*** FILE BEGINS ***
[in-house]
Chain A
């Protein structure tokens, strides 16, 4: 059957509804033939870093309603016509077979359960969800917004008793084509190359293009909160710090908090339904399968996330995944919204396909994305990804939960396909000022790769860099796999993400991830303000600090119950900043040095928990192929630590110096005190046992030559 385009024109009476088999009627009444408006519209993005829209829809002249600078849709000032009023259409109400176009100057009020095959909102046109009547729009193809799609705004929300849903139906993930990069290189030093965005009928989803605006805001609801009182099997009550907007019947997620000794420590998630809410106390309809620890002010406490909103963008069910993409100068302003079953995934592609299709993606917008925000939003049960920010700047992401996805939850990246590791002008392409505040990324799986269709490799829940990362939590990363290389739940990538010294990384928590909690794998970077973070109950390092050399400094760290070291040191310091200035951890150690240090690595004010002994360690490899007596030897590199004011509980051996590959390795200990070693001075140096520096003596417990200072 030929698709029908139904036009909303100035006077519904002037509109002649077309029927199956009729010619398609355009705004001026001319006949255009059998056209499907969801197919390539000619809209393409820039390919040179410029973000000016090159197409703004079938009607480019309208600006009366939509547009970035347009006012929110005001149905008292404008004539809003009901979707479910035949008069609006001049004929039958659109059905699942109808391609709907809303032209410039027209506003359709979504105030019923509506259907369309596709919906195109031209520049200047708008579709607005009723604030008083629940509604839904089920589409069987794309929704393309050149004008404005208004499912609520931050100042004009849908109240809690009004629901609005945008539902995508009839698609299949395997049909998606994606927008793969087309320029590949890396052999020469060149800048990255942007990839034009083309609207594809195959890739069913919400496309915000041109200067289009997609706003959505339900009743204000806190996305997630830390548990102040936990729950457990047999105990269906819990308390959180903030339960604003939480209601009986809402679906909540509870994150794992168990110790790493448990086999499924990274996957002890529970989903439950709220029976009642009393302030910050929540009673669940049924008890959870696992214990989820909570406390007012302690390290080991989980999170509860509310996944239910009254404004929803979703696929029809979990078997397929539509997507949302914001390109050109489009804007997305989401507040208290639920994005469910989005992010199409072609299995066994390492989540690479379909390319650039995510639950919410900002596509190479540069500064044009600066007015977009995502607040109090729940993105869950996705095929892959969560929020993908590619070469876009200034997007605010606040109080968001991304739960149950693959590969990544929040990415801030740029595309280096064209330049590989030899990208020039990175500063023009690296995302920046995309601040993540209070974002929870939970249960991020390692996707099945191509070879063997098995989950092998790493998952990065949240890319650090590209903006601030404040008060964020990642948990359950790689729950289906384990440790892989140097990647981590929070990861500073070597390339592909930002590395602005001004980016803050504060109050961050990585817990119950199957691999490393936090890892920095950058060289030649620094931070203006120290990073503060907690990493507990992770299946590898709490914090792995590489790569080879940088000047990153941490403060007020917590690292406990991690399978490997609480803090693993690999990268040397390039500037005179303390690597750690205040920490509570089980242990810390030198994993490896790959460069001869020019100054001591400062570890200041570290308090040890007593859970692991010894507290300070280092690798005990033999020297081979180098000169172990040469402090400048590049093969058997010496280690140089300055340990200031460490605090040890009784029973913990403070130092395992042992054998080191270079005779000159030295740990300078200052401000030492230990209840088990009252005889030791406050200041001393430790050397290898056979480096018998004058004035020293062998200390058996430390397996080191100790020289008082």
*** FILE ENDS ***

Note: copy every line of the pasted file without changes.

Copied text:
[in-house]
Chain A
């Protein structure tokens, strides 16, 4: 059957509804033939870093309603016509077979359960969800917004008793084509190359293009909160710090908090339904399968996330995944919204396909994305990804939960396909000022790769860099796999993400991830303000600090119950900043040095928990192929630590110096005190046992030559 385009024109009476088999009627009444408006519209993005829209829809002249600078849709000032009023259409109400176009100057009020095959909102046109009547729009193809799609705004929300849903139906993930990069290189030093965005009928989803605006805001609801009182099997009550907007019947997620000794420590998630809410106390309809620890002010406490909103963008069910993409100068302003079953995934592609299709993606917008925000939003049960920010700047992401996805939850990246590791002008392409505040990324799986269709490799829940990362939590990363290389739940990538010294990384928590909690794998970077973070109950390092050399400094760290070291040191310091200035951890150690240090690595004010002994360690490899007596030897590199004011509980051996590959390795200990070693001075140096520096003596417990200072 030929698709029908139904036009909303100035006077519904002037509109002649077309029927199956009729010619398609355009705004001026001319006949255009059998056209499907969801197919390539000619809209393409820039390919040179410029973000000016090159197409703004079938009607480019309208600006009366939509547009970035347009006012929110005001149905008292404008004539809003009901979707479910035949008069609006001049004929039958659109059905699942109808391609709907809303032209410039027209506003359709979504105030019923509506259907369309596709919906195109031209520049200047708008579709607005009723604030008083629940509604839904089920589409069987794309929704393309050149004008404005208004499912609520931050100042004009849908109240809690009004629901609005945008539902995508009839698609299949395997049909998606994606927008793969087309320029590949890396052999020469060149800048990255942007990839034009083309609207594809195959890739069913919400496309915000041109200067289009997609706003959505339900009743204000806190996305997630830390548990102040936990729950457990047999105990269906819990308390959180903030339960604003939480209601009986809402679906909540509870994150794992168990110790790493448990086999499924990274996957002890529970989903439950709220029976009642009393302030910050929540009673669940049924008890959870696992214990989820909570406390007012302690390290080991989980999170509860509310996944239910009254404004929803979703696929029809979990078997397929539509997507949302914001390109050109489009804007997305989401507040208290639920994005469910989005992010199409072609299995066994390492989540690479379909390319650039995510639950919410900002596509190479540069500064044009600066007015977009995502607040109090729940993105869950996705095929892959969560929020993908590619070469876009200034997007605010606040109080968001991304739960149950693959590969990544929040990415801030740029595309280096064209330049590989030899990208020039990175500063023009690296995302920046995309601040993540209070974002929870939970249960991020390692996707099945191509070879063997098995989950092998790493998952990065949240890319650090590209903006601030404040008060964020990642948990359950790689729950289906384990440790892989140097990647981590929070990861500073070597390339592909930002590395602005001004980016803050504060109050961050990585817990119950199957691999490393936090890892920095950058060289030649620094931070203006120290990073503060907690990493507990992770299946590898709490914090792995590489790569080879940088000047990153941490403060007020917590690292406990991690399978490997609480803090693993690999990268040397390039500037005179303390690597750690205040920490509570089980242990810390030198994993490896790959460069001869020019100054001591400062570890200041570290308090040890007593859970692991010894507290300070280092690798005990033999020297081979180098000169172990040469402090400048590049093969058997010496280690140089300055340990200031460490605090040890009784029973913990403070130092395992042992054998080191270079005779000159030295740990300078200052401000030492230990209840088990009252005889030791406050200041001393430790050397290898056979480096018998004058004035020293062998200390058996430390397996080191100790020289008082």